Saturday Nov 6th Had a hard time with Susan
to make her practice and understand her
lesson. About eleven went with Susan
to carry Miss Alger home Dined at Alsons
left there about half past three but did
not get home untill dark Stopt at Mr
Algers & at Copelands for Tumblers & at Morse
factory got half lb thread & twine
The struggle between mother and daughter continued, Evelina trying to get Susan to practice her piano and Susan resisting. Miss Alger, the piano teacher who had been staying with the Ameses, may have been relieved to return home. We might imagine that Susie was equally relieved to see her go. Mother and daughter rode together to take Miss Alger to her residence in the southeastern quadrant of Easton. After Miss Alger exited the carriage, did Evelina scold? Did Susie cry? How did the discussion go, or did they maintain injured silence? Or sidestep the topic altogether?
The ride back to North Easton was long (and “rather chilly,” according to Old Oliver*), in no small part because Evelina and Susan stopped for midday dinner at the family farm, visiting Evelina’s mother, brother and family. It was late in the afternoon when they finally left, but nonetheless they stopped just north of the farm – would this be Alger’s Corner? – and bought some glassware for the house. They forked left onto Washington Street and stopped at the Morse Factory for thread and twine. A half pound of thread is a great deal of thread, if you come to think of it. Was the weight of a spool – or spools – included?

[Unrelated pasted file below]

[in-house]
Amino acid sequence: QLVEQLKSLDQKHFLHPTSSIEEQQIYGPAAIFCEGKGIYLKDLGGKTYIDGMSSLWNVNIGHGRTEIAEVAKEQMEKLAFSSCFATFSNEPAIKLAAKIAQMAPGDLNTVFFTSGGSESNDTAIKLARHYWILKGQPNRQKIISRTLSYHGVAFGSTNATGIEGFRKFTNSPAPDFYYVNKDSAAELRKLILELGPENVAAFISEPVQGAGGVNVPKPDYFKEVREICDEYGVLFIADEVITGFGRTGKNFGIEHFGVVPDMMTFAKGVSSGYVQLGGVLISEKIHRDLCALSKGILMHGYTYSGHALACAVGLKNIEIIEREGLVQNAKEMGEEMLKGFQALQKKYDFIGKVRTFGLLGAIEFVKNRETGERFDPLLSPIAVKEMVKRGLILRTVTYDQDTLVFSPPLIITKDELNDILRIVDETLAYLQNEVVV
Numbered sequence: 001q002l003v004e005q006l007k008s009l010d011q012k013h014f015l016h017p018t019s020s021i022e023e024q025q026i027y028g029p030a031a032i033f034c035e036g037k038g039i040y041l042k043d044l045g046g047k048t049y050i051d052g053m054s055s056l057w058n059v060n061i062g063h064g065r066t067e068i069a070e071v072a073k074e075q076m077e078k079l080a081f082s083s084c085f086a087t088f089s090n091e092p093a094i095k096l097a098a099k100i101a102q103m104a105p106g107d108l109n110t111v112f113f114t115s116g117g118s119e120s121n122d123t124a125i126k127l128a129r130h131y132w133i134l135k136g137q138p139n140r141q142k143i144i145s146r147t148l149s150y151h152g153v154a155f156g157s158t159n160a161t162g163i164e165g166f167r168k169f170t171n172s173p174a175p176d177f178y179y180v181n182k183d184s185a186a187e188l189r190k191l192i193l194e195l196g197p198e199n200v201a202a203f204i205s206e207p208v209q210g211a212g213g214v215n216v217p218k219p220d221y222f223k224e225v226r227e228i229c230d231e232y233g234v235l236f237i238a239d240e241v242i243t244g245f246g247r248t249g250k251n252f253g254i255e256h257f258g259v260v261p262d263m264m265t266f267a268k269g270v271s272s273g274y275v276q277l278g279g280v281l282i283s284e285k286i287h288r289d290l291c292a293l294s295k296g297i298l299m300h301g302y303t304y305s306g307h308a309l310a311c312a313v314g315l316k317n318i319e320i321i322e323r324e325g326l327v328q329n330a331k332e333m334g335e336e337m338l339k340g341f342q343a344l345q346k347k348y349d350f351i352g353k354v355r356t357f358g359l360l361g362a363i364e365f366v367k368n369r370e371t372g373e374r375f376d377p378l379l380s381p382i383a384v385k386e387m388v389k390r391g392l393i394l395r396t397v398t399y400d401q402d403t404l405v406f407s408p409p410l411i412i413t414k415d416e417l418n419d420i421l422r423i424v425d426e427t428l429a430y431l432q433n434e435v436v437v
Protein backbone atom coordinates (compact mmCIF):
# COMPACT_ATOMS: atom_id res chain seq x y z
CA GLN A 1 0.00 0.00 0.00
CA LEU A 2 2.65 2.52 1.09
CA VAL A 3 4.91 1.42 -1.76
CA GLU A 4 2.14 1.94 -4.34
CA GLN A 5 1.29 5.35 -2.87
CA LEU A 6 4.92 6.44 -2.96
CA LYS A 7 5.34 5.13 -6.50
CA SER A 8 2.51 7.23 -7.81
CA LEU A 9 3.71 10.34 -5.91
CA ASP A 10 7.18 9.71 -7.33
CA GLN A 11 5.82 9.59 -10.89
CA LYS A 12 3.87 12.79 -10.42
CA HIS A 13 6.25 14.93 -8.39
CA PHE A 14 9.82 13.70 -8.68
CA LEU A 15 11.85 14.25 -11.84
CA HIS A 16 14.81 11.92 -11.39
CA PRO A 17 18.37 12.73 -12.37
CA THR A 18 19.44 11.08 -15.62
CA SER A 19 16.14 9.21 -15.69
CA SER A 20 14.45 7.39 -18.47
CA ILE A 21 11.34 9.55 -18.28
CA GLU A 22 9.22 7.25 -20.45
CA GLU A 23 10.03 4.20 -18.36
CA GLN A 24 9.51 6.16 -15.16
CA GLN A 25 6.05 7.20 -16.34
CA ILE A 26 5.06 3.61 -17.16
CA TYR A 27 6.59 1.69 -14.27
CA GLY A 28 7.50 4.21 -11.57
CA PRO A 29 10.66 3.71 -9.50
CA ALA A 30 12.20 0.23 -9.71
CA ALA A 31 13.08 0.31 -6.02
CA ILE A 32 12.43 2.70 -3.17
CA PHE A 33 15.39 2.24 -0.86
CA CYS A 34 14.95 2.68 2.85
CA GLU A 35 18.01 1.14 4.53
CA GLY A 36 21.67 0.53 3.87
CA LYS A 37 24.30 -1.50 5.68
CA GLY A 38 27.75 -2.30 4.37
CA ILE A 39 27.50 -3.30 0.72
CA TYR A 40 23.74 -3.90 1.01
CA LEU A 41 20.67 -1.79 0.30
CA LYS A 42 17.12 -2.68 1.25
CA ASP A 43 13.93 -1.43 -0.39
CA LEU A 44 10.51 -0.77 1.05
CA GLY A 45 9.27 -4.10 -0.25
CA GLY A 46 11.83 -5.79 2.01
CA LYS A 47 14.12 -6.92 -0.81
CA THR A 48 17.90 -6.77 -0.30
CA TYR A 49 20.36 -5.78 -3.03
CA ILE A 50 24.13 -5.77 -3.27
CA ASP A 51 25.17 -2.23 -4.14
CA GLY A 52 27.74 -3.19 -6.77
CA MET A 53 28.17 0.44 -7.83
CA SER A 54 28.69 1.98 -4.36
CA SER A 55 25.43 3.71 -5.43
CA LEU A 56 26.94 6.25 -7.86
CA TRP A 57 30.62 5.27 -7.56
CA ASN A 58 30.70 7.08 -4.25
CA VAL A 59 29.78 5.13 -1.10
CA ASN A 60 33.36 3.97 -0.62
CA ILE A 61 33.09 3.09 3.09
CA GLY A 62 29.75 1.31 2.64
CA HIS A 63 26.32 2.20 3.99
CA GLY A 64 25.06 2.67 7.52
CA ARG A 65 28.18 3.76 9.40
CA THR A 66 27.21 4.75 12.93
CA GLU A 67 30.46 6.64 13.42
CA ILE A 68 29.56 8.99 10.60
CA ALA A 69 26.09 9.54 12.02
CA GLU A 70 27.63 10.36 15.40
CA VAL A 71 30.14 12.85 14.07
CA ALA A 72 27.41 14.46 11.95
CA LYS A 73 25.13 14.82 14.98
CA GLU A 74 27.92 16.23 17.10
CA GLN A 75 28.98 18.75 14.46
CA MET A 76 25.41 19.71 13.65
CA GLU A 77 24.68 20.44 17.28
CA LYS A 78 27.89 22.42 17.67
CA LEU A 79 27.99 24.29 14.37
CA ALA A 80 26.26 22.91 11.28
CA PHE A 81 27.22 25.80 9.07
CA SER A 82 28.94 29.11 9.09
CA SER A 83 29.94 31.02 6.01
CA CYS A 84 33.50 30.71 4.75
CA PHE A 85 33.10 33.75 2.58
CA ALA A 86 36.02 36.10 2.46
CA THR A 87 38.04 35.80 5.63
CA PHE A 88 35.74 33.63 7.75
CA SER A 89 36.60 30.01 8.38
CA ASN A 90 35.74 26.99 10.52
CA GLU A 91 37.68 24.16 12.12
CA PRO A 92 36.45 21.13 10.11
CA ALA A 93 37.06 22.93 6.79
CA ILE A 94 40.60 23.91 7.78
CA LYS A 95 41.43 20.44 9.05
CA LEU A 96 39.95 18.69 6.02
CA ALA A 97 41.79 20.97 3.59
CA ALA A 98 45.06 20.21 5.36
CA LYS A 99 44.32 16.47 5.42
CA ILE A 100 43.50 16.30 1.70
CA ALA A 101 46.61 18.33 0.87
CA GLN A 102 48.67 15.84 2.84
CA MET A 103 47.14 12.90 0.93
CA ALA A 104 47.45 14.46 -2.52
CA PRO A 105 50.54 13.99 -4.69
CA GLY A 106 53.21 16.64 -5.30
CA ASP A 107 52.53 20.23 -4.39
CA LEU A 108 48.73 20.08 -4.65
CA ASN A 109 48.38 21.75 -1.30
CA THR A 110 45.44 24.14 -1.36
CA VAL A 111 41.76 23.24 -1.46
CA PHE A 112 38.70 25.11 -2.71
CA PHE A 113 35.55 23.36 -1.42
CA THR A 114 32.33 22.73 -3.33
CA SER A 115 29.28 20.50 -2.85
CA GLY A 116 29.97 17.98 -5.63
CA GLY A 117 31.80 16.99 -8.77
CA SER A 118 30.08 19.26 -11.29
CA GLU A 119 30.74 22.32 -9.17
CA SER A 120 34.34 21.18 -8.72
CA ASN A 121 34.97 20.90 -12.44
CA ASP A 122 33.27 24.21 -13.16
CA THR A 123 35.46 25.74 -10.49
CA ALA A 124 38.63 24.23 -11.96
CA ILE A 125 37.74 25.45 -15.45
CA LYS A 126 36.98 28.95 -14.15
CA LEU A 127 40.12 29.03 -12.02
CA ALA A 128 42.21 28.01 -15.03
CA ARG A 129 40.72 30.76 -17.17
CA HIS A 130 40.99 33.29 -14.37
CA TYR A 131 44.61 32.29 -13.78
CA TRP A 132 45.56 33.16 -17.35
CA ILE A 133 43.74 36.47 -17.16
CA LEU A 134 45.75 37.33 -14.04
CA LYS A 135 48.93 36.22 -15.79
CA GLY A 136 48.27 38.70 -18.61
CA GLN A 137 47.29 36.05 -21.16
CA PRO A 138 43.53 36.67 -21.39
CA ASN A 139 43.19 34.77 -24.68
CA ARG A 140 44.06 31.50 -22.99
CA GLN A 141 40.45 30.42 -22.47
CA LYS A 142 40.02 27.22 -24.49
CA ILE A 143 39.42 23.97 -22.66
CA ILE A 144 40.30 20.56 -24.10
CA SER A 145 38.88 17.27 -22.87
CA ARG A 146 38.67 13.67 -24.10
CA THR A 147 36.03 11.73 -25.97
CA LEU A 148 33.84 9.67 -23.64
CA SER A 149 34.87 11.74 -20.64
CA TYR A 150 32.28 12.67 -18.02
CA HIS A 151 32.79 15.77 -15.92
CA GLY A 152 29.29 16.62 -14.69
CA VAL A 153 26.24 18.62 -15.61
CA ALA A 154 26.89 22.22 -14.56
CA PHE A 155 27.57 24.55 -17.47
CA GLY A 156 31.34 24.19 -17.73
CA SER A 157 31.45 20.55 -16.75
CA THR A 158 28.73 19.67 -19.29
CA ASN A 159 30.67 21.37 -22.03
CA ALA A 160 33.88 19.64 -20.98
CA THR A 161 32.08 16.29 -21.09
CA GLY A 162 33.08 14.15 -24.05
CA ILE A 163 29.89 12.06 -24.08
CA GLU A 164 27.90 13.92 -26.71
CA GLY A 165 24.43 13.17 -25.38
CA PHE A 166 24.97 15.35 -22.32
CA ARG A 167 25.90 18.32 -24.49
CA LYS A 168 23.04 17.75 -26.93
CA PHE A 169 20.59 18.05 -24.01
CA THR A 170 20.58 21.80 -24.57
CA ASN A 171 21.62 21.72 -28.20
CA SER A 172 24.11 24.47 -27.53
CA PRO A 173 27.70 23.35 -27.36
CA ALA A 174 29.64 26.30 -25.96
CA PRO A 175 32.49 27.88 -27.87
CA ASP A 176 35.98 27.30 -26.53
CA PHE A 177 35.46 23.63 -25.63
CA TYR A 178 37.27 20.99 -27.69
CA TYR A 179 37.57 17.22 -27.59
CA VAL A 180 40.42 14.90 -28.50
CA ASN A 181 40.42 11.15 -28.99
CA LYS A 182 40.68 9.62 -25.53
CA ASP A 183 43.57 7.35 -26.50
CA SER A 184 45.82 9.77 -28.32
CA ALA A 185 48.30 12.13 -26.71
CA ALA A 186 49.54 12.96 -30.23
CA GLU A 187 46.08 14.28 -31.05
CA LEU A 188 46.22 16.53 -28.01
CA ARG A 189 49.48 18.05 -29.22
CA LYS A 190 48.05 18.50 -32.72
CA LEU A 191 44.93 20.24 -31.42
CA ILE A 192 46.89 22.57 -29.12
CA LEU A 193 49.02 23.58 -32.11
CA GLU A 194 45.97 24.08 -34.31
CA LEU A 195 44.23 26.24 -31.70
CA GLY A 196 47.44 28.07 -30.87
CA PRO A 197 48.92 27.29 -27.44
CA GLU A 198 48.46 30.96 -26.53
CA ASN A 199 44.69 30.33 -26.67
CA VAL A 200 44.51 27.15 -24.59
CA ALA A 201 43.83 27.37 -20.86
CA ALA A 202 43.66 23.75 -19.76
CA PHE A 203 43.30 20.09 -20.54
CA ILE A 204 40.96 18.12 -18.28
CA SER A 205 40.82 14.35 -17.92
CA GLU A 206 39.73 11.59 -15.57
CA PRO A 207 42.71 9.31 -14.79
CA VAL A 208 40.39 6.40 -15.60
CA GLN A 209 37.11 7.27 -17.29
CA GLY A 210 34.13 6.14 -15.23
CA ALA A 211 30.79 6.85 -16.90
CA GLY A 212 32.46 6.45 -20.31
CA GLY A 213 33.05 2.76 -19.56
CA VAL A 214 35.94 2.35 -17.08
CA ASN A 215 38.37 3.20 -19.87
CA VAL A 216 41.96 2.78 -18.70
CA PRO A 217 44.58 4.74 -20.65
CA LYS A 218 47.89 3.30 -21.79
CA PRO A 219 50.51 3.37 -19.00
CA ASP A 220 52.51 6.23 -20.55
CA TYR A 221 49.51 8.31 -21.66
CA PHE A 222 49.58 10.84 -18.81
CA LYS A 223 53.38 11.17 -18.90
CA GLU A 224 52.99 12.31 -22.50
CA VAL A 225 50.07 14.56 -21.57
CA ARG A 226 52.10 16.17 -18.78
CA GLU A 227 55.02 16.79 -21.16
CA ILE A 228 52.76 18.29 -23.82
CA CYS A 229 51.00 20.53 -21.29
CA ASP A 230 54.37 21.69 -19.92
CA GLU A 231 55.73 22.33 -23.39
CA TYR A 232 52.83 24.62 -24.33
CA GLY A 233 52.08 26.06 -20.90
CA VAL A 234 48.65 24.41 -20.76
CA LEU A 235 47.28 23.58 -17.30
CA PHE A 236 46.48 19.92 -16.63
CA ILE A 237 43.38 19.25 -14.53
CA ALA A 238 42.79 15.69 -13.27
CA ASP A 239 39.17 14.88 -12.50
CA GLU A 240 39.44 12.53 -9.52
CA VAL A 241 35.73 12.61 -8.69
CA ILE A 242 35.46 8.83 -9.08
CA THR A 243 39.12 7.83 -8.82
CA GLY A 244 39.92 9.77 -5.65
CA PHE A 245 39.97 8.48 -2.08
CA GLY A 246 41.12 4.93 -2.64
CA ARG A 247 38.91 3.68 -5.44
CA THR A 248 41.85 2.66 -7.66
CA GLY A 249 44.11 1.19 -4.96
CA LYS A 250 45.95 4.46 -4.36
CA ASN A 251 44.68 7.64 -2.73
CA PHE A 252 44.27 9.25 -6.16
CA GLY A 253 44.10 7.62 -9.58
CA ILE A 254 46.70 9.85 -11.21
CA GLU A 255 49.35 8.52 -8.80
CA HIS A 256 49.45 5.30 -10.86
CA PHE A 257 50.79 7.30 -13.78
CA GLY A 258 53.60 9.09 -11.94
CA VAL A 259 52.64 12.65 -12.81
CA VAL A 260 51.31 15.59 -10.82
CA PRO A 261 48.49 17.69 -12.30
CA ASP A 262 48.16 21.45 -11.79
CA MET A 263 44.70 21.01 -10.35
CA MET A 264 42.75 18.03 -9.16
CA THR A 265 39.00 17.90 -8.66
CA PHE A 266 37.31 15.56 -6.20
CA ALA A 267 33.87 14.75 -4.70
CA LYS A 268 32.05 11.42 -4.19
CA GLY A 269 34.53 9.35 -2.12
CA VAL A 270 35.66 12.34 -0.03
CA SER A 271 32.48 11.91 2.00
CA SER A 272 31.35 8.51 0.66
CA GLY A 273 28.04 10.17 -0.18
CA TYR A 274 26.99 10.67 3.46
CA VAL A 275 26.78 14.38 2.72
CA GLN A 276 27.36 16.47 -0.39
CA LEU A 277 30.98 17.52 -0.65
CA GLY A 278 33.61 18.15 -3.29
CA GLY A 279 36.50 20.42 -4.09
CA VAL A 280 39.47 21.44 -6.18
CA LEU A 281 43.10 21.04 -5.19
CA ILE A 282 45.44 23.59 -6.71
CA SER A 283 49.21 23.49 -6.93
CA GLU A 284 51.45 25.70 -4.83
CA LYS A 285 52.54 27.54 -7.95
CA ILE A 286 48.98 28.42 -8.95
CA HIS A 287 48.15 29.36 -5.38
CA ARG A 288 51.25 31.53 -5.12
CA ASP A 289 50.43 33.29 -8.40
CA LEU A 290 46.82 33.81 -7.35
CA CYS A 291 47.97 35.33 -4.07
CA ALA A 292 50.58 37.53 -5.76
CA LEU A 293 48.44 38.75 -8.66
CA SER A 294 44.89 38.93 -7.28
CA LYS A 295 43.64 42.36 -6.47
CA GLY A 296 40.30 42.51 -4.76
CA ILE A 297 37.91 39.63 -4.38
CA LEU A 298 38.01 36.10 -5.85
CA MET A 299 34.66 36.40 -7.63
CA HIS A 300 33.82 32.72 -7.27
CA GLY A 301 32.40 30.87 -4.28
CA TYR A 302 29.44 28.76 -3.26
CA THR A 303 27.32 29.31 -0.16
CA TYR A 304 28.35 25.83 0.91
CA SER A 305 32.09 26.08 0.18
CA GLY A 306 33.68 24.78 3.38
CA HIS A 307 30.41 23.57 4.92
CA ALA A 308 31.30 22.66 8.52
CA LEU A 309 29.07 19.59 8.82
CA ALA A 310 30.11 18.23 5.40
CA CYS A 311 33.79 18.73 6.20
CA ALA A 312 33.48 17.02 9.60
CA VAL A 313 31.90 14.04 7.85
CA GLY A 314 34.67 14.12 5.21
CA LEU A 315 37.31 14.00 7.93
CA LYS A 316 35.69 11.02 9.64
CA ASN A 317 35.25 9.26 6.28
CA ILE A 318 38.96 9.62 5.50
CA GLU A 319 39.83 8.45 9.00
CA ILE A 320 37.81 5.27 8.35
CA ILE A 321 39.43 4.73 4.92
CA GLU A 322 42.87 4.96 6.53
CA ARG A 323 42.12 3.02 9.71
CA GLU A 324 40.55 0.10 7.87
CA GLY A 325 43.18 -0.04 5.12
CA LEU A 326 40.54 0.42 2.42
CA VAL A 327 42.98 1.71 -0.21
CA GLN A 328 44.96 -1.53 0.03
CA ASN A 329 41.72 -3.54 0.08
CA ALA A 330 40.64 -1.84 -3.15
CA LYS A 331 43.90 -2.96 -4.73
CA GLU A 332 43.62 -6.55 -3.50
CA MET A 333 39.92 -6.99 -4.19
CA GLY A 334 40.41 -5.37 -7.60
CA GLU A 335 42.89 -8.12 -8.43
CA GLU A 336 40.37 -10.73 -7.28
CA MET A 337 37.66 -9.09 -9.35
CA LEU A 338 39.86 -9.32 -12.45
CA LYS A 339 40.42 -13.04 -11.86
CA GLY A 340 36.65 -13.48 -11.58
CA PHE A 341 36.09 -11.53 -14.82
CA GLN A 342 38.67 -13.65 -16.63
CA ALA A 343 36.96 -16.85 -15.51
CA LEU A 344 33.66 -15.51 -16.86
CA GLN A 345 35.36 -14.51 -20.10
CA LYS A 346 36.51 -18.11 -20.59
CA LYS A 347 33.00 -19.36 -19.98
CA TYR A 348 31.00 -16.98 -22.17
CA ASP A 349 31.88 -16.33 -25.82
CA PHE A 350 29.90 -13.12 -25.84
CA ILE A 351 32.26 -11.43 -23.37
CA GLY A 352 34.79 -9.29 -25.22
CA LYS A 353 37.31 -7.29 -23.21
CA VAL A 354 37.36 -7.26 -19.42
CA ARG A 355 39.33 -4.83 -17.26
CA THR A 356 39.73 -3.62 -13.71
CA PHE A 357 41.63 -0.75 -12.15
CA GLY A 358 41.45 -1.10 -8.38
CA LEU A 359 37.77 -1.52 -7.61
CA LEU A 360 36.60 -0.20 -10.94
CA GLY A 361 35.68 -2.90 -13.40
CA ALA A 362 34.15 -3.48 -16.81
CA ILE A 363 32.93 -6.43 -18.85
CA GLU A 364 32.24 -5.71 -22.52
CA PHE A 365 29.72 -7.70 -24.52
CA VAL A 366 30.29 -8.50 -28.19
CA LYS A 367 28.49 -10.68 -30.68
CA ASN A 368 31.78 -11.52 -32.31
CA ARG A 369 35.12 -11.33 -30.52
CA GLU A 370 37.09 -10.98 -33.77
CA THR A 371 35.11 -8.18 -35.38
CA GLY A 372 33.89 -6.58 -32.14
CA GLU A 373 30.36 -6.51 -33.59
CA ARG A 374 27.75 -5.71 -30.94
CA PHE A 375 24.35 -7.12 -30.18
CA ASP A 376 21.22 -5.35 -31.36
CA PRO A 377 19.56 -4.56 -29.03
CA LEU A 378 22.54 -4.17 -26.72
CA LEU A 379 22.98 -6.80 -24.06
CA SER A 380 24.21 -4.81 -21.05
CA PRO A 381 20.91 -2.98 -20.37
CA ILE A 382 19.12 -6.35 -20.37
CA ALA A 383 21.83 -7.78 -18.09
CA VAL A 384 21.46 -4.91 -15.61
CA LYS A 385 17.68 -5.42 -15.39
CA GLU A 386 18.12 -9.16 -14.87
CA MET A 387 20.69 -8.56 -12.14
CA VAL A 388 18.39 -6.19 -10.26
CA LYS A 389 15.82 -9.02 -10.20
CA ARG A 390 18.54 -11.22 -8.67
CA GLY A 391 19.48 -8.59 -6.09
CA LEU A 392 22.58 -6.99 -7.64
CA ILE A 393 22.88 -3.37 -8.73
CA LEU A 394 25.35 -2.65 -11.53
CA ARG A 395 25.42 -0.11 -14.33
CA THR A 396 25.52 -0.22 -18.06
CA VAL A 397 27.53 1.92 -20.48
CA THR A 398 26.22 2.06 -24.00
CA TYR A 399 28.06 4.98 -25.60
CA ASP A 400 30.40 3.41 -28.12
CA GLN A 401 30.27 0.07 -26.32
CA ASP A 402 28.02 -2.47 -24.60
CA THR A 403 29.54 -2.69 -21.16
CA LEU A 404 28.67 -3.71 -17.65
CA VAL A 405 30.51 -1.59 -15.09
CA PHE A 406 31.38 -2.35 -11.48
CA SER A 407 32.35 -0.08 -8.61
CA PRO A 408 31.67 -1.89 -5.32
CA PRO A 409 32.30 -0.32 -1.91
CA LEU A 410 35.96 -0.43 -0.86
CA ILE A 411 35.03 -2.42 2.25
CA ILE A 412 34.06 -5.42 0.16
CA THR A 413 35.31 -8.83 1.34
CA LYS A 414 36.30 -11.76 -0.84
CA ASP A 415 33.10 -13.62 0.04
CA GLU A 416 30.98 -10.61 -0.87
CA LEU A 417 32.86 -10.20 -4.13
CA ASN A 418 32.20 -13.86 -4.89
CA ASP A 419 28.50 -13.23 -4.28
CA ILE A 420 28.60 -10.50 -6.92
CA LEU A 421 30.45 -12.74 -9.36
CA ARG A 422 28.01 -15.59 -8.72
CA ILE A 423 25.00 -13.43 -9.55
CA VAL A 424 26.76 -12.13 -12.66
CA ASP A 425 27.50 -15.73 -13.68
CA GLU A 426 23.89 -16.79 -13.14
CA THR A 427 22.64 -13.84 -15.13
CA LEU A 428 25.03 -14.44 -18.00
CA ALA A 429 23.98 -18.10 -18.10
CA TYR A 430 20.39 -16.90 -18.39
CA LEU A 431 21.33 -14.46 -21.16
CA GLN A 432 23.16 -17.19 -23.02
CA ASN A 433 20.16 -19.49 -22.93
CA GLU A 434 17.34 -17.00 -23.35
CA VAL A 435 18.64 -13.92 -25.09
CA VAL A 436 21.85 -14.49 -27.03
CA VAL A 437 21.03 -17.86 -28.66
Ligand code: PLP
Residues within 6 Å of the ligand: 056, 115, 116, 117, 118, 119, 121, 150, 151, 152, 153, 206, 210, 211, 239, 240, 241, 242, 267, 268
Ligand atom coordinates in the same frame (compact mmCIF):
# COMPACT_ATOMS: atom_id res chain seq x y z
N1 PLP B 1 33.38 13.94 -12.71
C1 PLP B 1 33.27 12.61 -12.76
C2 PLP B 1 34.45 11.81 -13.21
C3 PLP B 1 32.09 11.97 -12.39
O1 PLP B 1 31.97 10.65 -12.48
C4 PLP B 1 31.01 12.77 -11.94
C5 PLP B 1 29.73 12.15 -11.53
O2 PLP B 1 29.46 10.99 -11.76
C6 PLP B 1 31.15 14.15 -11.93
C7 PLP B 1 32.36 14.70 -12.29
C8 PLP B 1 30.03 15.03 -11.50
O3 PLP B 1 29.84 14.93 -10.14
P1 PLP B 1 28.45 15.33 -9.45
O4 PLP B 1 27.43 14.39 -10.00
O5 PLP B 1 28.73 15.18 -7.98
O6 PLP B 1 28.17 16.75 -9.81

The tumblers were what we would call drinking glasses today. The term tumbler, of uncertain origin and now out of use, meant a flat-bottomed glass with no handle or stem. The tumblers that Evelina bought were most likely pressed glass, as opposed to hand-blown glass. The latter had been slowly replaced in the marketplace since about 1825.
*Oliver Ames, Journal, Stonehill College Archives, Arnold Tofias Collection